The technology behind cryptocurrencies will completely revolutionize transactions and could turn gold into a world currency once again, according to Old Mutual Global Investors' (OMGI) precious metals manager Ned Naylor-Leyland.
Speaking at OMGI's global markets forum in Boston last week, Naylor-Leyland signaled the resurgence of a gold-based monetary system as the Middle East and Asia move away from US dollar dominance and increasingly swap oil for the precious metal.
These exchanges, he said, has seen the Shanghai Gold Exchange become the largest physical bullion market in the world.
Furthermore, in the west European central banks are increasingly buying gold. For example, Germany currently has 67.6% of its total reserves in gold.
The manager of the Old Mutual Gold and Silver fund believes the system is reverting to the historic norm which was abandoned when US President Richard Nixon announced in 1971 the end of international convertibility of the US dollar to gold, effectively severing the final ties with the 'gold standard'.
What will further exacerbate this movement will be blockchain, the digital, decentralized, public record technology behind virtual currency Bitcoin, which allows money and services to move across borders with no fees.
‘The system we’ve been using for payments is basically gone,’ said Naylor-Leyland.
‘Money must be store value, units of accounts and medium of exchange…crypto and blockchain resolve the problems that gold has. The only problem with gold and using it as money is the auditability, divisibility and ease of transaction with it.'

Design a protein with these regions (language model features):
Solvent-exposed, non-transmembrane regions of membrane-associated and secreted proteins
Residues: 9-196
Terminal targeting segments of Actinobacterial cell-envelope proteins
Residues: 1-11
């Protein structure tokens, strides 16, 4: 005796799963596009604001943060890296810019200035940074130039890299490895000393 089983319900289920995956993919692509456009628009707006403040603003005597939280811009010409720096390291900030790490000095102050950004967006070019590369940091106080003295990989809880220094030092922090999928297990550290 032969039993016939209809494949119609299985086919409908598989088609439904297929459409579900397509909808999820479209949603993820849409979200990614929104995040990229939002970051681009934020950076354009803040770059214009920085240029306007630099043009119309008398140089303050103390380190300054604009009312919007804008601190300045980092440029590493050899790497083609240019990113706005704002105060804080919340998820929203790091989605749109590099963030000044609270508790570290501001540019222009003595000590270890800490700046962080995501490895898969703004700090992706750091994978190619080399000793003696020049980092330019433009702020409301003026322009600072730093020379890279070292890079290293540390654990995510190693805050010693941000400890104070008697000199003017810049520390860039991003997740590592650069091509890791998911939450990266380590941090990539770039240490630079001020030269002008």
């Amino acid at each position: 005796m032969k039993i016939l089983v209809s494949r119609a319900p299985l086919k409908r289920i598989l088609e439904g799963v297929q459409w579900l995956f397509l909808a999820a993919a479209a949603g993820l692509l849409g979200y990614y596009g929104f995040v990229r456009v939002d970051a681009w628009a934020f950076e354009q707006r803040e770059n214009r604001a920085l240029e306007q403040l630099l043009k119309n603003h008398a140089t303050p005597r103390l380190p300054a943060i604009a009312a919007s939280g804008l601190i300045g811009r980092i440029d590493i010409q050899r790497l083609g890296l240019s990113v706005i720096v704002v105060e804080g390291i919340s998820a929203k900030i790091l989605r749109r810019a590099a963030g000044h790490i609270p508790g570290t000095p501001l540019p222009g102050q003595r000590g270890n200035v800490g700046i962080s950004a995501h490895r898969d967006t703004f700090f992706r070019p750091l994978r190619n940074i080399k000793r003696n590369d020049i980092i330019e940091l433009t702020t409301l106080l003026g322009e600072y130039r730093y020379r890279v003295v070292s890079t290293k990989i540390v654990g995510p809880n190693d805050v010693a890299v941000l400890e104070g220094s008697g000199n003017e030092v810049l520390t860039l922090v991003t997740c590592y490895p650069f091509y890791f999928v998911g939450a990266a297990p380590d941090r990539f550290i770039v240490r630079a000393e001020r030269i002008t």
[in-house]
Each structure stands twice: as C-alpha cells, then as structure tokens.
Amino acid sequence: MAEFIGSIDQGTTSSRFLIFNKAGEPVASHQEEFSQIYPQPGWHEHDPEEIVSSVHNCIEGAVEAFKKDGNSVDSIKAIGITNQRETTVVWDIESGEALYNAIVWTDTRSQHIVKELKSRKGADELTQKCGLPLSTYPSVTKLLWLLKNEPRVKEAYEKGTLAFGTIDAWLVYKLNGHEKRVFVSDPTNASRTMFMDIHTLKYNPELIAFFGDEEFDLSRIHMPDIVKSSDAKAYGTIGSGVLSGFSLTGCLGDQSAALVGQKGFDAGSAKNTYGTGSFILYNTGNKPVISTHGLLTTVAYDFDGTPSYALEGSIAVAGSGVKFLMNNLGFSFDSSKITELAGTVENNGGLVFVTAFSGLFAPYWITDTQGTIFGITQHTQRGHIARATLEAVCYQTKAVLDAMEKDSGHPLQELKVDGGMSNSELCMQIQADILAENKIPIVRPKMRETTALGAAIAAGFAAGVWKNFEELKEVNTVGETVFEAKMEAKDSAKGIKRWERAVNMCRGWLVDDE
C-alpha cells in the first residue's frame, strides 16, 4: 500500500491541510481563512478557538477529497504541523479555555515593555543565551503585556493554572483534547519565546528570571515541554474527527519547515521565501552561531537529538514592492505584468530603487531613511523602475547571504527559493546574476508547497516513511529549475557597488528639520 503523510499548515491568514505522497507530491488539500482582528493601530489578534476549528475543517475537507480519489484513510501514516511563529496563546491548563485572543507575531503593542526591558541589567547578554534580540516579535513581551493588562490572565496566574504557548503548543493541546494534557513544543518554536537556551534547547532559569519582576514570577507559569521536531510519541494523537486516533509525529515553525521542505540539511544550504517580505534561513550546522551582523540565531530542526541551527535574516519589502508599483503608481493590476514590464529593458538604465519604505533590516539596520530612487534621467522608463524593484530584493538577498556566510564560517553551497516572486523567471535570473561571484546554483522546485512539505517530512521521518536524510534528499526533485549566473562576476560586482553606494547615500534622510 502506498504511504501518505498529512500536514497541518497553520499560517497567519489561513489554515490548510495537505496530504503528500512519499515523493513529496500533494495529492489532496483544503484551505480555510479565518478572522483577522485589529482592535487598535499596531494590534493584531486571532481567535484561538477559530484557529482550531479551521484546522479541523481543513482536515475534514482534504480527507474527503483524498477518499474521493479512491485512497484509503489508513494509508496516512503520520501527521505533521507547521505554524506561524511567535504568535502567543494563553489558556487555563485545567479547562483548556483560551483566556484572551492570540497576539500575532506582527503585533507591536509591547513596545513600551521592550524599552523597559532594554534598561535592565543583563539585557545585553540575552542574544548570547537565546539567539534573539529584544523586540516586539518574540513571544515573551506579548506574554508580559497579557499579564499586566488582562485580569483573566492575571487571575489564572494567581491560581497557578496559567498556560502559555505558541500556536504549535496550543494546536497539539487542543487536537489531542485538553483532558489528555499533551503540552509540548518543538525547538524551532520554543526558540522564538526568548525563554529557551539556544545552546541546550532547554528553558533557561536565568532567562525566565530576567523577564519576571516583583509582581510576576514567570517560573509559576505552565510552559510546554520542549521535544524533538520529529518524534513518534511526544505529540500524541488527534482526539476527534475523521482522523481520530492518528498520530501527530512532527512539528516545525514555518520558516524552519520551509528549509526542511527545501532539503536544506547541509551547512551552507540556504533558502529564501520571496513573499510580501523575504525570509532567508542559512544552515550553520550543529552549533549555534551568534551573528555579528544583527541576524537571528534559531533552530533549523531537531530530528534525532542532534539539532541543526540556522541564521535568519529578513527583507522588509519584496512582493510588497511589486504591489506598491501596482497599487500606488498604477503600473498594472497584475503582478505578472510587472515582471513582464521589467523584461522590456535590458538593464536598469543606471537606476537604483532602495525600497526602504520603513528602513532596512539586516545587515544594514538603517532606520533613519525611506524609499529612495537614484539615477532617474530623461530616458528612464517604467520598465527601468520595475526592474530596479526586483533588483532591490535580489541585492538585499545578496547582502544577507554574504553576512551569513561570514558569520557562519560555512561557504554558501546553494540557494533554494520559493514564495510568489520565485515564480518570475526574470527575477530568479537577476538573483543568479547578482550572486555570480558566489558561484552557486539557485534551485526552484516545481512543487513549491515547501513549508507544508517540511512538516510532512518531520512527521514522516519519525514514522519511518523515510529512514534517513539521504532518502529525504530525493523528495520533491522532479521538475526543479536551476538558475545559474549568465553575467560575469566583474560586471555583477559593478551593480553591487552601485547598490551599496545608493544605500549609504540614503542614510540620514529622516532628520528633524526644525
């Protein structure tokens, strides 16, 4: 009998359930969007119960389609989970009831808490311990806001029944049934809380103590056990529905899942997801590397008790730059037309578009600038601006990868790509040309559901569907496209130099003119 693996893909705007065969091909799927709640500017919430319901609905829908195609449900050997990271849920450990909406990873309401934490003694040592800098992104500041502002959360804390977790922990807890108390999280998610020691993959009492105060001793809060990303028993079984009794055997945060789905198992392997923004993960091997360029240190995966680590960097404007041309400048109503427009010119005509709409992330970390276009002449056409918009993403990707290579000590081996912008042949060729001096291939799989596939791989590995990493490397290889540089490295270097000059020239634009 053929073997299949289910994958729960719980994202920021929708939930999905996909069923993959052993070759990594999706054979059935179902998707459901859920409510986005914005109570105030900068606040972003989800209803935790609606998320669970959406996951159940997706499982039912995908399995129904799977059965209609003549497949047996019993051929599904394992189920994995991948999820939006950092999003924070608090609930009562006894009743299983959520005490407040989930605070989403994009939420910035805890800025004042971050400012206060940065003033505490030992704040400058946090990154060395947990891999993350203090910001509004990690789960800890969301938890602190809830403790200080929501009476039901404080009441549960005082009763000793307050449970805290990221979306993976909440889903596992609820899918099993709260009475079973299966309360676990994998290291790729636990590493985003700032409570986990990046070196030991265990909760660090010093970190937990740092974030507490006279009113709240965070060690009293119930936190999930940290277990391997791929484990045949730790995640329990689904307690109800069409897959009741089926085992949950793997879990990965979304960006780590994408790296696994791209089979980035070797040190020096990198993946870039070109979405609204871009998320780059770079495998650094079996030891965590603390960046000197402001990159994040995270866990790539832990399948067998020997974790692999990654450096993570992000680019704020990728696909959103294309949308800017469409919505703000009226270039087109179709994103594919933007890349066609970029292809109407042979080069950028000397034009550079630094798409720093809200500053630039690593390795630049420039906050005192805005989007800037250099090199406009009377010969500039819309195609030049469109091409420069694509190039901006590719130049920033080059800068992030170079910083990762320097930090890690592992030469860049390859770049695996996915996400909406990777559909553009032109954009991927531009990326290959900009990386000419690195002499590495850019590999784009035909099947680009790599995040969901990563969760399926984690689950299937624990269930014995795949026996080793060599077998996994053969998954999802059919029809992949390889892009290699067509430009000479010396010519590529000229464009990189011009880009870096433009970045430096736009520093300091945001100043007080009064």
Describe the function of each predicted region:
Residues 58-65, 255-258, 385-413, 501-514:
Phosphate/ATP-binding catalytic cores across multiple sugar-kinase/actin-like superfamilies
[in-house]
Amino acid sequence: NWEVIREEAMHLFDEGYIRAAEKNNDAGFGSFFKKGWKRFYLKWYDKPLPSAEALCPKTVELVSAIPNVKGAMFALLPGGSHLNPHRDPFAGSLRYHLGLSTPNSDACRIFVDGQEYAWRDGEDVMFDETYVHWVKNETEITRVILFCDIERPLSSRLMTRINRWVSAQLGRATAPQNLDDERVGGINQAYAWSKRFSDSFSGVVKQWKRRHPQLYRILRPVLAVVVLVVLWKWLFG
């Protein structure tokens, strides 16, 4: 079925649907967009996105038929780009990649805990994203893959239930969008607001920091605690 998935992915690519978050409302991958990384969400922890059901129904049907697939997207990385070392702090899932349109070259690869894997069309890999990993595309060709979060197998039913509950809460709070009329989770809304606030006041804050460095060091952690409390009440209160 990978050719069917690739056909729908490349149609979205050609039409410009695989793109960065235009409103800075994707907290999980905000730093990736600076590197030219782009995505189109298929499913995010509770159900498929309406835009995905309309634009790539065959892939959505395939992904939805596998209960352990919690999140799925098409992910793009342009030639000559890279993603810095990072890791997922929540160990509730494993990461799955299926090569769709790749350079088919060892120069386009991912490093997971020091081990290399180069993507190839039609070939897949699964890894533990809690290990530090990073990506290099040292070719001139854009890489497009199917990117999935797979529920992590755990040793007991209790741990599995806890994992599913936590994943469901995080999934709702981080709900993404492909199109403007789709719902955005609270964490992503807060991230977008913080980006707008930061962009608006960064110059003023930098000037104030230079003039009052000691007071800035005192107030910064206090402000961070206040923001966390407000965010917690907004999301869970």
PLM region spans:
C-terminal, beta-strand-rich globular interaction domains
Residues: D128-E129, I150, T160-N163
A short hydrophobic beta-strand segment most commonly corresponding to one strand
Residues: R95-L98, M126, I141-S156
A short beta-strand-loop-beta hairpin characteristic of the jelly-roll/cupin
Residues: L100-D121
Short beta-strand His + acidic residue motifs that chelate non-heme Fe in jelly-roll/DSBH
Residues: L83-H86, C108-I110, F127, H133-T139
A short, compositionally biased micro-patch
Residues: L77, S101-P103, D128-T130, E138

He adds: ‘If blockchain solves that, which it does, it makes gold relevant again as a potential monetary unit. Blockchain is smoothing the way for the re-emergence of gold in the financial system.’
These trends will lead to a ‘huge transformation of the price of gold,’ he added.
‘What you’re going to see is a revolution of what money is and what people think it is.’
Big banks and financial players have been skeptical over Bitcoin, especially due to its early association with online crime and money laundering. Earlier this month, JP Morgan Chase CEO Jamie Dimon labeled the popular cyptocurrency a ‘fraud’ adding he would fire any trader who traded it.
However, a number of banks, including JP Morgan, are reportedly investing millions of dollars in blockchain.
‘It’s a total disaster for banks. It’s about speed, reducing cost and complete transparency. Banks will make it partially transparent. They want to control the tech but they won’t be able to because the genie is out of the bottle.’